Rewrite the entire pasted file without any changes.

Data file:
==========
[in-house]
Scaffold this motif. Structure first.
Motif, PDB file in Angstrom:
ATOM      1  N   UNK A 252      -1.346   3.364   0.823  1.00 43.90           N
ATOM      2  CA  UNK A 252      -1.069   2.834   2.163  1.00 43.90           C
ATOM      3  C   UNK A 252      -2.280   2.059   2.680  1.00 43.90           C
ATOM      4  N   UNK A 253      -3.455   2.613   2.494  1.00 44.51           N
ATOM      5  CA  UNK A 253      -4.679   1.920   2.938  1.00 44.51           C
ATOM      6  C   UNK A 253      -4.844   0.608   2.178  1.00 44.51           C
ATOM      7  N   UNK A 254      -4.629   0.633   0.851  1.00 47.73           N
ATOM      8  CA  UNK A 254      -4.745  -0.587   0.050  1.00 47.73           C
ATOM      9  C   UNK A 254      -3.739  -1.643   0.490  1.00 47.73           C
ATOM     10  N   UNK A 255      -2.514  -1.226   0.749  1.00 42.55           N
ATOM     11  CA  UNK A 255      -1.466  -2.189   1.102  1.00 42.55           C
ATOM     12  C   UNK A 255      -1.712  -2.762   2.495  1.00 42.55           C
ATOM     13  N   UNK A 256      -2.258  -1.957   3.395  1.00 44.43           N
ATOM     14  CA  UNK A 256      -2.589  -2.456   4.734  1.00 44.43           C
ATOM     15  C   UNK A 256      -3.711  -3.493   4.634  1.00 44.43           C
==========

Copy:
[in-house]
Scaffold this motif. Structure first.
Motif, PDB file in Angstrom:
ATOM      1  N   UNK A 252      -1.346   3.364   0.823  1.00 43.90           N
ATOM      2  CA  UNK A 252      -1.069   2.834   2.163  1.00 43.90           C
ATOM      3  C   UNK A 252      -2.280   2.059   2.680  1.00 43.90           C
ATOM      4  N   UNK A 253      -3.455   2.613   2.494  1.00 44.51           N
ATOM      5  CA  UNK A 253      -4.679   1.920   2.938  1.00 44.51           C
ATOM      6  C   UNK A 253      -4.844   0.608   2.178  1.00 44.51           C
ATOM      7  N   UNK A 254      -4.629   0.633   0.851  1.00 47.73           N
ATOM      8  CA  UNK A 254      -4.745  -0.587   0.050  1.00 47.73           C
ATOM      9  C   UNK A 254      -3.739  -1.643   0.490  1.00 47.73           C
ATOM     10  N   UNK A 255      -2.514  -1.226   0.749  1.00 42.55           N
ATOM     11  CA  UNK A 255      -1.466  -2.189   1.102  1.00 42.55           C
ATOM     12  C   UNK A 255      -1.712  -2.762   2.495  1.00 42.55           C
ATOM     13  N   UNK A 256      -2.258  -1.957   3.395  1.00 44.43           N
ATOM     14  CA  UNK A 256      -2.589  -2.456   4.734  1.00 44.43           C
ATOM     15  C   UNK A 256      -3.711  -3.493   4.634  1.00 44.43           C